The invention of a practical, long-lasting lightbulb by Edison and Swan in 1879 was a turning point in the history of human civilization. Instead of expensive candles giving off weak light, you could have cheap lightbulbs that brighten up a room like daylight.
Of course, the lightbulb has undergone some changes recently. Power-hungry incandescent bulbs have been replaced by more efficient and longer-lasting CFLs and LEDs. However, incandescent bulbs might be on the way back, just not how you'd expect.
If you remember, incandescent bulbs work by sending an electrical current along a tungsten filament. The filament heats up to the point that it produces visible light. Unfortunately, it wastes a lot of electricity as heat.
You also can't scale it down very far because the filaments burn out faster. Two words: Christmas lights. If I never have to hunt down burned out bulbs again, I'll be happy.
Enter the wonder material graphene. I've talked about it before and how it could revolutionize just about everything.
One of the exciting things about graphene is how well it conducts electricity and heat. Unfortunately, that makes it a bad choice for a lightbulb filament because it can't heat enough to give off visible light.
However, researchers found that if you suspend a sheet of graphene away from other materials (usually it's lying on a substrate of silicon) and pump enough electricity through it, it's heat-conducting properties break down and it emits light.
Here's a video showing an animation of the effect.
OK, that's really cool, but how is this not a step backward for lighting? Graphene has a few features that elevate it about normal incandescent bulbs.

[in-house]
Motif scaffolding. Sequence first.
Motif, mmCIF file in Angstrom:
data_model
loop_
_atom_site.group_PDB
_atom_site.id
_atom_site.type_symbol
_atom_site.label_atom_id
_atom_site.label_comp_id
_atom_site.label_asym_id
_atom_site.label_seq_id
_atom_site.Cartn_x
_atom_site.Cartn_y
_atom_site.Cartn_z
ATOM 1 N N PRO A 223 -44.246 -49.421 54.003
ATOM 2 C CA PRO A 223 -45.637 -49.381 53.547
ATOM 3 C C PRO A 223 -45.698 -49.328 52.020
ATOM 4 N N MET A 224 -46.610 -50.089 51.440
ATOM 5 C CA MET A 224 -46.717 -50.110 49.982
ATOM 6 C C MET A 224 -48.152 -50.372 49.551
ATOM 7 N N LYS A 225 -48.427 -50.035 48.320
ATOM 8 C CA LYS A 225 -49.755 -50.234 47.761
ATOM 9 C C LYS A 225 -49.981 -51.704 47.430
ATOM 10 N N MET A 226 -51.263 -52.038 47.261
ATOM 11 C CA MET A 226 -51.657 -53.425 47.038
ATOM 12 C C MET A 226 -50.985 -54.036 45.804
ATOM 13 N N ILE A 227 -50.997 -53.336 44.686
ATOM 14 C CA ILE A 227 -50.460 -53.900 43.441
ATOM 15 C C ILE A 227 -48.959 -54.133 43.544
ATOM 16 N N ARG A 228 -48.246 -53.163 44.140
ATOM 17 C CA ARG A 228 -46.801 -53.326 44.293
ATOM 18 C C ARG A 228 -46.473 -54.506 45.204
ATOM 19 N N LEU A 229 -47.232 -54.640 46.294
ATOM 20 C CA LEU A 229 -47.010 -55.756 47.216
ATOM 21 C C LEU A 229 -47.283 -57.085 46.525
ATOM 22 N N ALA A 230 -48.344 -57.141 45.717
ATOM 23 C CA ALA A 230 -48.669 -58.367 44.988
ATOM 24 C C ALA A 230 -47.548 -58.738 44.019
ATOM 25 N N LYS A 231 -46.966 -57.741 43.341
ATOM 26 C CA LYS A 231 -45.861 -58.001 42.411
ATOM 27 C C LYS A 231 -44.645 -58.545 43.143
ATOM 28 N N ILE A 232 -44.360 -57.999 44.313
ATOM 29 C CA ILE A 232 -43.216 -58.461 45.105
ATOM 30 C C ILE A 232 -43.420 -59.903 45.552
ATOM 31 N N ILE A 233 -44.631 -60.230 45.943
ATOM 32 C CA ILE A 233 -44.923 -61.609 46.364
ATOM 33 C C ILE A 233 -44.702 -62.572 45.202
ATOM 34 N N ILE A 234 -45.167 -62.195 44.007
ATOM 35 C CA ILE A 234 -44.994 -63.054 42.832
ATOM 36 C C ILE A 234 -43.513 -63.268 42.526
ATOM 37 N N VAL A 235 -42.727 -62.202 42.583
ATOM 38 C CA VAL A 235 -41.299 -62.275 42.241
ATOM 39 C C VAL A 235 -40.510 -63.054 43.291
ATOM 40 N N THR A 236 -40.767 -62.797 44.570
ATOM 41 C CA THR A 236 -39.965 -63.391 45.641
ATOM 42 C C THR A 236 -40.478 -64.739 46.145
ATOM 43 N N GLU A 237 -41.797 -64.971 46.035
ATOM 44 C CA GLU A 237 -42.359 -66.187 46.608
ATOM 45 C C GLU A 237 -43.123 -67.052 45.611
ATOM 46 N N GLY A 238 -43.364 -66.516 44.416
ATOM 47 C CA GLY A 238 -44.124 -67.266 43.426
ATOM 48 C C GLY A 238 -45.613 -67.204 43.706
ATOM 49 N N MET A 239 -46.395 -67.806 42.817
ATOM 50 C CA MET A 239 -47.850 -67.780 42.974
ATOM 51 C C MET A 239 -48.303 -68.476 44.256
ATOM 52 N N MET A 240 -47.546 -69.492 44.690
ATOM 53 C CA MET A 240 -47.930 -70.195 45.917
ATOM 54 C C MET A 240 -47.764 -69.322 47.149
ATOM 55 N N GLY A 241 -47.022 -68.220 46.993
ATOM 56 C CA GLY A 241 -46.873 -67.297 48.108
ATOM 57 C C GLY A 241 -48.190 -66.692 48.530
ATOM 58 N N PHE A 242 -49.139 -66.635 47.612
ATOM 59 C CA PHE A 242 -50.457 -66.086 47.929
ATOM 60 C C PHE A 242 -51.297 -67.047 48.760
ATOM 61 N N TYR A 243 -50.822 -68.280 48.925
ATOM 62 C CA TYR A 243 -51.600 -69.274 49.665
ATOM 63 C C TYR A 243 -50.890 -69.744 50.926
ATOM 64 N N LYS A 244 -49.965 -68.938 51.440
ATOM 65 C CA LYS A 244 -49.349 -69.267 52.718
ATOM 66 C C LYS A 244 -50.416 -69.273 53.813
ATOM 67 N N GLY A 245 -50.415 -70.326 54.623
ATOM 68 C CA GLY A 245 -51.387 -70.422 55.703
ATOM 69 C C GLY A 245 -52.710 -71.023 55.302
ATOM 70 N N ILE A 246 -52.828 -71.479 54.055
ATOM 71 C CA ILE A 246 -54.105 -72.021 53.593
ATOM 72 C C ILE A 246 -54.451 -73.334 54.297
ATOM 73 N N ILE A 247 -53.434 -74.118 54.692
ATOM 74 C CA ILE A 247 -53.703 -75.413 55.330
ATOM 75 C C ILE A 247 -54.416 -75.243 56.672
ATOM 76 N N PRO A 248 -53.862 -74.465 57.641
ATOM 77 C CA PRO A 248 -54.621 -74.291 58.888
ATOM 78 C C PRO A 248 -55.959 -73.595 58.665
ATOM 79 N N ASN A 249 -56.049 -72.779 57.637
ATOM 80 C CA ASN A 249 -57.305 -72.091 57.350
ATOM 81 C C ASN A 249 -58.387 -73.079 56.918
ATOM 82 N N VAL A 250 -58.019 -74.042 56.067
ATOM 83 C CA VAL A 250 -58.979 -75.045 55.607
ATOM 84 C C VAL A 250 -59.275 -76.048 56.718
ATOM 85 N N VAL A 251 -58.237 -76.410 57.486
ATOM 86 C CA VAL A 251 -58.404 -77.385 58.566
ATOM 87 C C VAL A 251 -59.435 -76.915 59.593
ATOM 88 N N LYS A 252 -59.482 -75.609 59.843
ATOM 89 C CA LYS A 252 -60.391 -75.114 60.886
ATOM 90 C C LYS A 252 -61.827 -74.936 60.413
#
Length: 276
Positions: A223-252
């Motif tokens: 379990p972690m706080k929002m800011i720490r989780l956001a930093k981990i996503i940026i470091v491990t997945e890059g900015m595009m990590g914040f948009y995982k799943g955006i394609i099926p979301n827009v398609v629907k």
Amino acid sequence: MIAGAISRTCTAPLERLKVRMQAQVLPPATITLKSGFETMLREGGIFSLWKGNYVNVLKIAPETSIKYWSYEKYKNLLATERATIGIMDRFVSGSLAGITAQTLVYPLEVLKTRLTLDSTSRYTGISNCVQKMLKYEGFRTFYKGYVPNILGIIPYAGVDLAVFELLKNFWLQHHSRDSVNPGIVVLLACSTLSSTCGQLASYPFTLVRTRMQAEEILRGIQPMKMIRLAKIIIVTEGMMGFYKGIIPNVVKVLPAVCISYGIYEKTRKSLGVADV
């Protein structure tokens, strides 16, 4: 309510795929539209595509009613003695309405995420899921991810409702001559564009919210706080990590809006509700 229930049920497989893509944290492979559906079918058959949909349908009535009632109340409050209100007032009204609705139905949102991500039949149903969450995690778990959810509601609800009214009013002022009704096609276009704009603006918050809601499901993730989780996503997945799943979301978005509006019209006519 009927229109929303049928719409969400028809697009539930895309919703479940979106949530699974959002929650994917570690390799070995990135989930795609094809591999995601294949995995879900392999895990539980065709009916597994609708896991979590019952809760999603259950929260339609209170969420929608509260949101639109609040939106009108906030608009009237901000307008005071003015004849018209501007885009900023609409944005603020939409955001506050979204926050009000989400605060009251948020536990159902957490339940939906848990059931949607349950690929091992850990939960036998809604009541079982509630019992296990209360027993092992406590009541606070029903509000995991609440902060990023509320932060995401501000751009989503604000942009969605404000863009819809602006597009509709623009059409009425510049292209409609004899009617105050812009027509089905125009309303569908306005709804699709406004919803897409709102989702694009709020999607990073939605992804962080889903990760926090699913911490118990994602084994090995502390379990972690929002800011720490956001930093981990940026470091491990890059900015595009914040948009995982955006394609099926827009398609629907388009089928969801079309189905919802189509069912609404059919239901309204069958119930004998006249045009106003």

First, by adjusting the electrical current and surrounding materials, you can finely tune the wavelength of light. This is useful for fiber optics and other forms of light-based communication.
In fact, computer researchers expect that in the future all the data transfer in your computer, even between transistors, will happen via microscopic light pulses instead of copper wires. Graphene emitters could be a good candidate because of the next point.
Second, where normal filament bulbs burn out faster the smaller they get, graphene can work at microscopic levels with no problem. And being only an atom thick, it can work in transparent and flexible displays.
Of course, as with any other graphene development, the obstacle is going to be mass production. Scientists already have trouble making high-quality graphene at typical manufacturing levels, although some promising techniques have been demonstrated.
Suspending the graphene so it acts as a filament adds another level of difficulty. However, the researchers behind this project are confident it can be worked out in the future.